Quebec's first police support dog can't take it anymore, retires after helping hundreds of young victims

·2 min read
Over a period of about five years,  Kanak helped more than 400 people. Mostly child victims of abuse were assisted, but adults were as well. (Radio-Canada - image credit)
Over a period of about five years, Kanak helped more than 400 people. Mostly child victims of abuse were assisted, but adults were as well. (Radio-Canada - image credit)

Kanak, a psychological support dog for Sherbrooke's police service, is retiring after a busy five years of helping kids who have suffered physical, psychological or sexual abuse.

The Labrador retriever was the first police dog in Quebec to take on the job of helping young victims through the stress that comes with being interviewed by police or testifying in court.

The dog carried out 429 interventions in all, also helping officers who had been traumatized on the job while strengthening the police service's connection to the community

"It was a heartwarming presence," said Martin Carrier, a spokesperson for Sherbrooke's police service.

The dog's notoriety extends well beyond the Eastern Townships, Carrier said.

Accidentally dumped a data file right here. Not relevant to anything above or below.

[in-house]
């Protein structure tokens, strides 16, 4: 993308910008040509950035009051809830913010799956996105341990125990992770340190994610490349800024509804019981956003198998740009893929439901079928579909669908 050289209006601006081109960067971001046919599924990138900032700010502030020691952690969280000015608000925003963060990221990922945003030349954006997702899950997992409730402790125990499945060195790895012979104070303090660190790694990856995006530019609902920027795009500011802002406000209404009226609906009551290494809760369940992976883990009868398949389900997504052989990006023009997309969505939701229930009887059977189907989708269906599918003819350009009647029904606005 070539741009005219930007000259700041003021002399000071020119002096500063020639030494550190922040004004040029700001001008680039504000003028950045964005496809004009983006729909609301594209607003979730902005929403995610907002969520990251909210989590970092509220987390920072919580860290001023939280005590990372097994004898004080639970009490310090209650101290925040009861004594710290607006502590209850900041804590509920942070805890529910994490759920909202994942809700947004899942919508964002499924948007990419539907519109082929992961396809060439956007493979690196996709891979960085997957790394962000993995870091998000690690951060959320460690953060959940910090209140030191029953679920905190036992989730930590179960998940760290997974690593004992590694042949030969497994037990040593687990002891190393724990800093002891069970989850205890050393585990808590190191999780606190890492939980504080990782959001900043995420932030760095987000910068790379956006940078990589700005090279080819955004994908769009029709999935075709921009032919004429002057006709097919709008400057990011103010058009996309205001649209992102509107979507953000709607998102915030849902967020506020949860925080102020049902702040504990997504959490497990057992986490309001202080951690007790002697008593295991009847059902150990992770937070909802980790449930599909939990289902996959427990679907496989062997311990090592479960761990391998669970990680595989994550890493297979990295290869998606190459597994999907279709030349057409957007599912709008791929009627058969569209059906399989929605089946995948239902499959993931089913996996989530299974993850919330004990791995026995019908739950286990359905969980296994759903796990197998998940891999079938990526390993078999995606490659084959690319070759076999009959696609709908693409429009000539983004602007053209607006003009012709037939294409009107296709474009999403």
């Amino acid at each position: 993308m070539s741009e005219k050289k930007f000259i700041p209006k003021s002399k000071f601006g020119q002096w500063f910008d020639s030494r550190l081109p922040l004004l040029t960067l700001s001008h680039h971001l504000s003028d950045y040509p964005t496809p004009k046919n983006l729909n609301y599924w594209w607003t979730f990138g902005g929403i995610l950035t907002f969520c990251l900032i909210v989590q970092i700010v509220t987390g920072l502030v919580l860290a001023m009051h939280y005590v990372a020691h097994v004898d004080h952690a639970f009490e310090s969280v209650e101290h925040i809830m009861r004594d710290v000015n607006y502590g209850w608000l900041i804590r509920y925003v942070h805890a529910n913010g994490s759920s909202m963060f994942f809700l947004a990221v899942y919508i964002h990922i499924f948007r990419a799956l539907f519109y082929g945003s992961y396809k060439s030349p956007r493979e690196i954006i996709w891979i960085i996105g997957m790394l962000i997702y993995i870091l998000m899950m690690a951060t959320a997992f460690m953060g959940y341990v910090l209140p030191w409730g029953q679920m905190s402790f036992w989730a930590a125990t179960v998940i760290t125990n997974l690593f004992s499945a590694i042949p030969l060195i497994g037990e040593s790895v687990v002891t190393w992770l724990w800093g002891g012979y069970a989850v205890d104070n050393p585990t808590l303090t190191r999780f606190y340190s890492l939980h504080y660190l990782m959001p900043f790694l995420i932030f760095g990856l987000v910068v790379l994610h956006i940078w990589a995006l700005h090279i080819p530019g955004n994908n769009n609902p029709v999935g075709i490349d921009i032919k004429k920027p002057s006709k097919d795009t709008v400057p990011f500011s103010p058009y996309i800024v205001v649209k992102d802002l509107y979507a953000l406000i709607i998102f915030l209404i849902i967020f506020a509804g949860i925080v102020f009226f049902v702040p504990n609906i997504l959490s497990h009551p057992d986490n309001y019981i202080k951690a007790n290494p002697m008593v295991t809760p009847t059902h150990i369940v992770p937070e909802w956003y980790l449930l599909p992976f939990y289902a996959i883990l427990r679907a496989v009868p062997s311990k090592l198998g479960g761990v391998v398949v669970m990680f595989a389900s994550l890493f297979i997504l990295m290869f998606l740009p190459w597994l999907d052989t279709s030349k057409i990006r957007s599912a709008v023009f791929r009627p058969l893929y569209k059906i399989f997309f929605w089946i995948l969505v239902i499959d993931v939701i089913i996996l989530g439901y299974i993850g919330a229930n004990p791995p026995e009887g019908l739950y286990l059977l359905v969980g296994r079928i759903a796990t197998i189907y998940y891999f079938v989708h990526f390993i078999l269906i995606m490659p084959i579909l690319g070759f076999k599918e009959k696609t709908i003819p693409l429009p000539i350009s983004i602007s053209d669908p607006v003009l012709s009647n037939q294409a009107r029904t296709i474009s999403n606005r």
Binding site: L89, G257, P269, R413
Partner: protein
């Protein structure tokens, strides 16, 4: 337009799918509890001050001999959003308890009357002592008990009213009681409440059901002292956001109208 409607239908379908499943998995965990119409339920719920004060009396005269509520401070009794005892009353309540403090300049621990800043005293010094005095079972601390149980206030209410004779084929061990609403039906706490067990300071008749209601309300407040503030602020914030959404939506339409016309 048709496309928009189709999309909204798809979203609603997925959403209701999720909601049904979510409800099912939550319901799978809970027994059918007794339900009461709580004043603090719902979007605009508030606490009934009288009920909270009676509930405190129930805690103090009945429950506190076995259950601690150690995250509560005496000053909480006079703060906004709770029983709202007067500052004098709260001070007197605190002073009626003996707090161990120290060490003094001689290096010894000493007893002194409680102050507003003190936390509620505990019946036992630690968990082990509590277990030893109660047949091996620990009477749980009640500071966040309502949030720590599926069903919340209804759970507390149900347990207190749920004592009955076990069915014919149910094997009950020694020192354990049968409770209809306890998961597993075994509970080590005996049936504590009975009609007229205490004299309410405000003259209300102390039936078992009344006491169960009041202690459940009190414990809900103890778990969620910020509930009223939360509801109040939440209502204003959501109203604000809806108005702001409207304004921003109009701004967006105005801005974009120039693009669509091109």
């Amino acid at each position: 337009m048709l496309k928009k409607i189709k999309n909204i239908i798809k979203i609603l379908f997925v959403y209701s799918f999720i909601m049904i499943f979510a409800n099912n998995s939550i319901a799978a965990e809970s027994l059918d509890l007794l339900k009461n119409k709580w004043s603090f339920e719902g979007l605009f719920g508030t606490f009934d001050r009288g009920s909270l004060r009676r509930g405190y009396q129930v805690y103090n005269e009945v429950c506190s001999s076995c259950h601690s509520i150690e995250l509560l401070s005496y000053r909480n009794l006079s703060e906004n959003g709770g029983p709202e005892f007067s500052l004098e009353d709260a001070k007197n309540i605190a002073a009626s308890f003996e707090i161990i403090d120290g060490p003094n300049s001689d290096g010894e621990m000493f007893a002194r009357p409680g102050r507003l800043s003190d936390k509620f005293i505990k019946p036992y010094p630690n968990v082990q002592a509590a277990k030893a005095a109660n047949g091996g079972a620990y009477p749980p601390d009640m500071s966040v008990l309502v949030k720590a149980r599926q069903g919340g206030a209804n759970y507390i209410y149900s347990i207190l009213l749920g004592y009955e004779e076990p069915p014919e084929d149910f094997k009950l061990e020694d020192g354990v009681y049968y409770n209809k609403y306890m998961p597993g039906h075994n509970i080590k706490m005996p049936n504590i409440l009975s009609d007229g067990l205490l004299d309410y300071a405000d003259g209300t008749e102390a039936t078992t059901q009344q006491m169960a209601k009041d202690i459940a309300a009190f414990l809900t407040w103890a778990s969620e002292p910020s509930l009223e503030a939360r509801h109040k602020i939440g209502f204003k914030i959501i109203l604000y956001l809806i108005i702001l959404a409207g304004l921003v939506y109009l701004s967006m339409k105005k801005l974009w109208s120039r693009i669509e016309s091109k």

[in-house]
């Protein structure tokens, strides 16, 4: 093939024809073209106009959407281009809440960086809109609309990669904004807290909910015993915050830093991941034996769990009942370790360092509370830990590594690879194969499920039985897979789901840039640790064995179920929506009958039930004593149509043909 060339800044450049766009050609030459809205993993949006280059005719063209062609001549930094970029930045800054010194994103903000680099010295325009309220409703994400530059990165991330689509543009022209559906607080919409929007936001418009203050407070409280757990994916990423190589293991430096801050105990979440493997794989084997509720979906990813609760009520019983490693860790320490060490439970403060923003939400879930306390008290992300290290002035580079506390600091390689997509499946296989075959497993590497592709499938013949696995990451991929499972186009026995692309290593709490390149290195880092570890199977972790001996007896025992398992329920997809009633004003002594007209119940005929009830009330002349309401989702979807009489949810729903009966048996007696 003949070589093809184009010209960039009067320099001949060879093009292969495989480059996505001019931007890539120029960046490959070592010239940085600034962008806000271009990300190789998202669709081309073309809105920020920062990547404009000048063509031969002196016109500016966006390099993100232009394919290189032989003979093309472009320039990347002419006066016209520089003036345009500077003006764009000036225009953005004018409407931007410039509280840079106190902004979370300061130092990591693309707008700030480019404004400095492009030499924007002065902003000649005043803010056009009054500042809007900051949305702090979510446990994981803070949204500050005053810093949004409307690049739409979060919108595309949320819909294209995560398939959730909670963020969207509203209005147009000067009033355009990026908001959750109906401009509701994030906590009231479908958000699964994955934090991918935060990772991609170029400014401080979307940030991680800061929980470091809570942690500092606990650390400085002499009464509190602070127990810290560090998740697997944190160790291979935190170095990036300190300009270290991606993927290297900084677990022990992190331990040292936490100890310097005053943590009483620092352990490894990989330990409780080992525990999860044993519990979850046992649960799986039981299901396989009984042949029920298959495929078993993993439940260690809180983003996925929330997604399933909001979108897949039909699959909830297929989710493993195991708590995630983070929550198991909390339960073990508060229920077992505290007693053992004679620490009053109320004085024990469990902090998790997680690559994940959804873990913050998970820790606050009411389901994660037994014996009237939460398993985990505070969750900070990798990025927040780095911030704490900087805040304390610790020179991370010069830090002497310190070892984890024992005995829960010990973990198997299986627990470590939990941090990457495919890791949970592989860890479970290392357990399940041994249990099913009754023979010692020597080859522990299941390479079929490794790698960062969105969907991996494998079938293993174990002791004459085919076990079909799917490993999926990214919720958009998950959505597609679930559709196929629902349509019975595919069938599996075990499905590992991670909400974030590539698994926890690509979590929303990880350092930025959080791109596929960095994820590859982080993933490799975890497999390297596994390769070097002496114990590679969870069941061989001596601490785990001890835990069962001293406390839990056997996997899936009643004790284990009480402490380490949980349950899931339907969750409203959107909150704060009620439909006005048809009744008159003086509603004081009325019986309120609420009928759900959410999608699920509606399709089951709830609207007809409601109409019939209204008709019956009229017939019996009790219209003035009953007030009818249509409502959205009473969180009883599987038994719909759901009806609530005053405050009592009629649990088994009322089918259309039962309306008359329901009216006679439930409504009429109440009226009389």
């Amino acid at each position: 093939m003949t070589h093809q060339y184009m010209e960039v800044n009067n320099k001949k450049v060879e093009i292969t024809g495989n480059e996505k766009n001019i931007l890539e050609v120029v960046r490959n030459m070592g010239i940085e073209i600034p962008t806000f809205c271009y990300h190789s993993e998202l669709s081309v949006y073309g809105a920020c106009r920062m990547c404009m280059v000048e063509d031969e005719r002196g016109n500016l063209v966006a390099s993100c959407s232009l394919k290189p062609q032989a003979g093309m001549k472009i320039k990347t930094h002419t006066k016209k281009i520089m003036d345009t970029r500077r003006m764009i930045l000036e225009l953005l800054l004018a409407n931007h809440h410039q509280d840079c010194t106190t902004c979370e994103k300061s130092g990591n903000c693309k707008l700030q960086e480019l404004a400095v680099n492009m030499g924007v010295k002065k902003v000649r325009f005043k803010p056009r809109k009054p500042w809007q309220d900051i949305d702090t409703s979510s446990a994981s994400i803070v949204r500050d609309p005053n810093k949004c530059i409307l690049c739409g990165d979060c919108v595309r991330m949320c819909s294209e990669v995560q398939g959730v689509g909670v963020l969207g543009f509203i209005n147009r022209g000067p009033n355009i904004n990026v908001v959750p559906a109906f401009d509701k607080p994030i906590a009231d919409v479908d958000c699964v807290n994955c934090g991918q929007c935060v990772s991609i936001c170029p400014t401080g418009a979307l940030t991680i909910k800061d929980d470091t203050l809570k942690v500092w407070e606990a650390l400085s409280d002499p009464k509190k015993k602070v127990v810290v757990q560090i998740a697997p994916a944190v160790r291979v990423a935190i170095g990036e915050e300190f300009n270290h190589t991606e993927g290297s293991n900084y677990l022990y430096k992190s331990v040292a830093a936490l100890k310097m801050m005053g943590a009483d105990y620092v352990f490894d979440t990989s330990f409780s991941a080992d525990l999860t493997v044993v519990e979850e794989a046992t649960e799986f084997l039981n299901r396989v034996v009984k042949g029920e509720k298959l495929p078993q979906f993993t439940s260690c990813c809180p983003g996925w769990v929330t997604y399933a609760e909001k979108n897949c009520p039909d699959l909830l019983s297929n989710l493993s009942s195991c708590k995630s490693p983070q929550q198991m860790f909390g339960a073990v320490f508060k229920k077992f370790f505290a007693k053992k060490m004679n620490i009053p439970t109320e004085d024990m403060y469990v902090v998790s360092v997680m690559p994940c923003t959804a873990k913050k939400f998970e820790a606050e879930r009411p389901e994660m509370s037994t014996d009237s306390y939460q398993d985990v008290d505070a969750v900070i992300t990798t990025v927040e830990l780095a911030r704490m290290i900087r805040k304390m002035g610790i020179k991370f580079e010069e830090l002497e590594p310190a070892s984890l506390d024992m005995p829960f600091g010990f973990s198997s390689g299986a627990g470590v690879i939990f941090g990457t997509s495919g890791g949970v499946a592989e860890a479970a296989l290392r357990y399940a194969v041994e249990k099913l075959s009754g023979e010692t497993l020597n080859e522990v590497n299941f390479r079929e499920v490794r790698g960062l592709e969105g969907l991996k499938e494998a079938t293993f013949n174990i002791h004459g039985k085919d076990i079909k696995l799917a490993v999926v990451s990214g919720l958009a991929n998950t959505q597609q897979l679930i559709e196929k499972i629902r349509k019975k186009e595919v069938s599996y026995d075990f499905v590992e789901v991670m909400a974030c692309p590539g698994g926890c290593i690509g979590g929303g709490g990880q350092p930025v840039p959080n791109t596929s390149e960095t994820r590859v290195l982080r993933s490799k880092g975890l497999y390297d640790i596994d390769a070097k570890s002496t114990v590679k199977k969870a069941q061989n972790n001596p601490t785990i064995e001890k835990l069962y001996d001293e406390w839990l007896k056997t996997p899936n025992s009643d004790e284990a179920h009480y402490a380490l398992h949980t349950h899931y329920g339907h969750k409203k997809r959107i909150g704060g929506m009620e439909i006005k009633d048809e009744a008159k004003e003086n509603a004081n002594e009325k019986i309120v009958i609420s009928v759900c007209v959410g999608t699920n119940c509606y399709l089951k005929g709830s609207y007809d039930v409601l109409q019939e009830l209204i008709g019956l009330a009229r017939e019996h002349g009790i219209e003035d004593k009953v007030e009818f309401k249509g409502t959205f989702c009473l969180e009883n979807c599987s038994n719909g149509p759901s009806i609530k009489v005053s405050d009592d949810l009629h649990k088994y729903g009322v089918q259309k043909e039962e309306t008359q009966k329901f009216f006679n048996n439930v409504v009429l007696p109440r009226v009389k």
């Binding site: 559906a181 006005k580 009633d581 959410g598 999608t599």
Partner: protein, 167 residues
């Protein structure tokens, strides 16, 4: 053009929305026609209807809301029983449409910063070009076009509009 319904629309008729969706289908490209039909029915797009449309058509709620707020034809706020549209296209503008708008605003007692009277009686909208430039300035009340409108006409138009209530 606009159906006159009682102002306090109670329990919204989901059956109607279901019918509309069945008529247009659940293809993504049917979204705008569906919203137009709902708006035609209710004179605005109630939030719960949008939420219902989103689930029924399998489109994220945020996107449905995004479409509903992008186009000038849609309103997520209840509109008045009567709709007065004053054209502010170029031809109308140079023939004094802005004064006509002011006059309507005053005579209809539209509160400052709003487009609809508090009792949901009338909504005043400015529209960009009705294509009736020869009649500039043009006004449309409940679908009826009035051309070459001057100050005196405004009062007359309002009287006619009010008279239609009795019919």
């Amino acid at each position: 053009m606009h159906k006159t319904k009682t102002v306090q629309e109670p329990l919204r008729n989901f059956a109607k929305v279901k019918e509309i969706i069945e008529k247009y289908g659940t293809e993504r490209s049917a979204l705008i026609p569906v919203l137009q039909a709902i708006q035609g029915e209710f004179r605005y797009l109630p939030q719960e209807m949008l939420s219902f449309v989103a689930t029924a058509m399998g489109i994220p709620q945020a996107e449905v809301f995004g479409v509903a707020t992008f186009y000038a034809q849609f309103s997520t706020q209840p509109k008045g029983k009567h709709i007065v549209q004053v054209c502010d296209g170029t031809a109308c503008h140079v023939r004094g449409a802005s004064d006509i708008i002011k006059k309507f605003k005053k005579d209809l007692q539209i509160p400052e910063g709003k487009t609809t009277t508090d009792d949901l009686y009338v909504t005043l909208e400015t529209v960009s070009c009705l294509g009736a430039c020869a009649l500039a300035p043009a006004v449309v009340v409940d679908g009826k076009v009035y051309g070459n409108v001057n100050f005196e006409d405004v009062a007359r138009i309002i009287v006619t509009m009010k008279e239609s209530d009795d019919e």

"Kanak has been around the world," he said. "We received messages from everywhere."

The Mira Foundation, an organization that helps train assistance dogs, decided it was time for the dog to retire after an extensive evaluation of his performance on the job.

It was determined that Kanak was running out of steam, and was unable to continue supporting those in severe distress.

The evaluation found that the dog was no longer happy to see people and was going into new jobs with his head down.

Evaluators observed Kanak no longer wanted to be petted and "these are clear signs the dog wanted to have peace," said Nicolas Saint-Pierre, director of the Mira Foundation.

Saint-Pierre said Kanak was exposed to strong emotions and dogs are not immune to these volatile situations. In the long run, it wears them out, he said.

Unlike other assistance dogs, Kanak was not always with his owner and this may have contributed to the animal's stress.

In fact, Kanak worked with five different officers and the Mira Foundation says it has learned from this first-time experience.

Mélanie Bédard proposed the project back in 2016 and now Kanak is going home to live with her in retirement.
Mélanie Bédard proposed the project back in 2016 and now Kanak is going home to live with her in retirement.(Martin Bilodeau/Radio-Canada)

Kanak will return to live with the person who proposed the project in 2016, Mélanie Bédard.

"My family and I are more than happy that Kanak is coming back to live at home and enjoy his much deserved retirement. It made it possible to bring more humanity and comfort to the judicial process" she said.

"Kanak was perfect in his role as a good dog."

Kanak helped hundreds of kids and many adults, Bédard explained, namely giving children the extra strength they needed to share key details with police.

She said she is grateful to all those who believed in my proposed project, and now "the time has come for us to enjoy life, and wish the next dog a very successful career."